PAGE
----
If you look closely you can see a seminary professor in the window!

The other day Daniel Kirk wrote a post titled “A Time to Speak” wherein he called Christians who are “settled” on the egalitarian position to move to action. That is the context. In the post he dedicates these few, short lines to pastors:

Dear pastor, it is not enough to huddle with your buddies over beer or in your internet discussion room and talk about what a bunch of sexist bastards your fellow pastors are in your denomination.

If you are not working to change what women can do, you are promoting and sustaining the sexism that you deride in private.

If you are not opening up space in your church for women to preach and teach, you are promoting and sustaining the sexism that denies the truth of your women’s identity in Christ.

Apparently this was enough to upset at least two pastors–men I respect, but who come across as unnecessarily defensive in their responses. Daniel Thompson accused Daniel Kirk of using “the bully pulpit of his professorship” before questioning whether or not Kirk does anything about this matter himself (see “And the Action, Dr. Kirk?”). He states that maybe “all a seminary professor can do” is speak, insinuating that professors are talking heads who don’t engage the real world.

Mark Stevens followed with a post titled “Professor, how about you walk a mile in my shoes?” describing pastors as being “…among the most bullied people of any vocation.” What he says about the pressure put on pastors is true and I sympathize (lest one forgets I was an associate pastor in San Francisco and I have served as an interim youth pastor as well), but then his call for seminary professors to “walk a mile in my shoes” presumes too much. It presumes that Daniel Kirk and others do not do things like attend eldership meetings, visit the sick, or struggle to help people with various addictions.

I don’t know how Kirk engages his local church and community, but he is a professor who teaches in Menlo Park, CA, yet chose to live in San Francisco where it is much more expensive and where people are much less receptive to the Gospel (in general). As I mentioned above, I did ministry in San Francisco and it provides some very unique challenges–challenges many pastors are happy to avoid.

A couple months ago I had a student in the Doctor of Ministry program make a snide remark to me in front of several people that he chose the D.MIN because he likes people unlike me. Apparently, I like books which is why I was in the Master of Theology (Th.M.) program preparing for Ph.D. studies. Usually I let remarks like this one slide, but I was tired of it. Why? Well, this man committed what I would like to call “The Ivory Tower Fallacy.” The Ivory Tower Fallacy is when one assumes that because someone serves the church through higher education they must not do “on the ground” ministry. I unleashed my “resume” of ministry experience which includes serving in two inner city churches, associate pastoral work, youth pastor work, and several years in non-profit work with very troubled and violent teenagers. I have never taught in a seminary classroom, not once! I have taught classes to people who are homeless, addicted, suffering from various illness, illiterate, and so forth and so on. I don’t tell you this because it makes me a great person, it is basic ministry. I tell you this because you have no idea how many times my enjoyment of academia has been confused for a fascination with the abstract that means nothing to people and their every day lives. This is false.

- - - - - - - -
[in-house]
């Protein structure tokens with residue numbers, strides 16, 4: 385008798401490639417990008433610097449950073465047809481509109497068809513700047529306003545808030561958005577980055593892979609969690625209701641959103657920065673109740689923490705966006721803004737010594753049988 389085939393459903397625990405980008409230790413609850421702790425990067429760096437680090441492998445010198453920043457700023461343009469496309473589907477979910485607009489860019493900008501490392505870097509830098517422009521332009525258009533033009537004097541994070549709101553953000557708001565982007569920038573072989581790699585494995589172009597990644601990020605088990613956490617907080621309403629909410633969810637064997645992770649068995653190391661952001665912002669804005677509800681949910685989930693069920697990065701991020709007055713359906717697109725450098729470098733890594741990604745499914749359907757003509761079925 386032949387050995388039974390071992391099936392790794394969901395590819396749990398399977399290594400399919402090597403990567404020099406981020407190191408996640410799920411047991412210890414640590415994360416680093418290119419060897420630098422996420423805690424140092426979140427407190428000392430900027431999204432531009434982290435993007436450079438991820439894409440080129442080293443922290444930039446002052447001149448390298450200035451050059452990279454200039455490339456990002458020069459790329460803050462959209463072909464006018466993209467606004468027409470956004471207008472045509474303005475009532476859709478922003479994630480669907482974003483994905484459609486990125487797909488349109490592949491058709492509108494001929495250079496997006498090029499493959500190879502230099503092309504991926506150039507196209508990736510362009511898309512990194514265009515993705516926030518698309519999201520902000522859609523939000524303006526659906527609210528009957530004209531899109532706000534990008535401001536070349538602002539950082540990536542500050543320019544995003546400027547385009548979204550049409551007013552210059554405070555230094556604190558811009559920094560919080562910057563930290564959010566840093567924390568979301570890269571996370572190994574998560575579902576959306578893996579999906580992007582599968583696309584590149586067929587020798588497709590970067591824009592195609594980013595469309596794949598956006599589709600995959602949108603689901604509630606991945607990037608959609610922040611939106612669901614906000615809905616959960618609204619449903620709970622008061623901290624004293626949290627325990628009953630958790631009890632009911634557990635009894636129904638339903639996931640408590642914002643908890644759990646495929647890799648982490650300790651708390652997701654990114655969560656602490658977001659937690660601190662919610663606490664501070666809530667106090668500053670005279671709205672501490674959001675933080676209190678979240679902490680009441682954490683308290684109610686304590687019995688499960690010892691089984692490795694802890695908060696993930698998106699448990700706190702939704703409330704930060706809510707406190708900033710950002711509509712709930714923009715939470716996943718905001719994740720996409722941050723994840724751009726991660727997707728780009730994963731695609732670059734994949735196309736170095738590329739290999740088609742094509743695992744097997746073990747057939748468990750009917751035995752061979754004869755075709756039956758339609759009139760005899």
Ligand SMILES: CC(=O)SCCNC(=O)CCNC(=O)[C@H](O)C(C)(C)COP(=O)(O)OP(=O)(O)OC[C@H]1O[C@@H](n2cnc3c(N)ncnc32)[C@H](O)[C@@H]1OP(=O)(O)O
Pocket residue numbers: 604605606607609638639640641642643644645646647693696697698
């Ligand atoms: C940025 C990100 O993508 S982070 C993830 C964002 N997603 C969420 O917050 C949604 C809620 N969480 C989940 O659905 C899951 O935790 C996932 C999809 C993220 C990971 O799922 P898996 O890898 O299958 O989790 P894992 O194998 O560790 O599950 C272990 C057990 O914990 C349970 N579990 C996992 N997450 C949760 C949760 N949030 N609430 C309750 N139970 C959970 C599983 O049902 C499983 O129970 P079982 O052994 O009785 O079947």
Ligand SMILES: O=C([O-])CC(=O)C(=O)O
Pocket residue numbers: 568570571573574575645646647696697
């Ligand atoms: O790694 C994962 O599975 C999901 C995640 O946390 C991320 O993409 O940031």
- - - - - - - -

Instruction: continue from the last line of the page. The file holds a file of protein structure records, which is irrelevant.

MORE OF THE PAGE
I can’t speak for every seminary but I know at Western Seminary where I have worked and studied it is required of faculty that they be involved in their local church. Some are elders! Some are pastors! All are ministers and servants of the church.

What is odd about these two posts is they reinforce the very clergy-laity divide that I assume Thompson and Stevens disdain. These posts assume that pastors do the heavy lifting and someone who teaches in a seminary classroom has no idea what it is like to do ministry. I know pastoral work is hard. It is damn hard. I don’t envy people called to full time pastoral work and I have little desire to return to such work. Yet over and over again we hear pastors say that they aren’t the only ones who minister. The church as a whole ministers while pastors equip. Then I read posts like these that assume that someone like Daniel Kirk must not do ministry because he is not a pastor. While I am sure this is not what Thompson or Stevens intended it does bleed through.

It should be pointed out that Kirk never outlines “how” a pastor should go about fighting for equality. All he asks is that pastors do. He didn’t set a time table, but he did challenge pastors to begin working in a direction that elevates women and recognizes their calling. Everyone knows this is relative to various environments.

Also, as soon as Kirk stops addressing pastors he moves to seminary professors and prior to addressing pastors he addressed men in general. The post was not pastor bashing. It was far from it.

Do we want to deny the calling of seminary professors to train and challenge pastors? I think not. If anything, as denominationalism dwindles we need more voices to encourage and challenge pastors as once was the case when Bishops, Presbyters, and Superintendents had a great voice (this is still so in some cases).

So dear “practitioner” be careful not to fall victim to The Ivory Tower Fallacy. You may find that the talking head you rebuke does serve the poor, does care for the needy, does pray for the sick, does counsel the widow, and still finds time to be a prophetic voice calling others to do the same.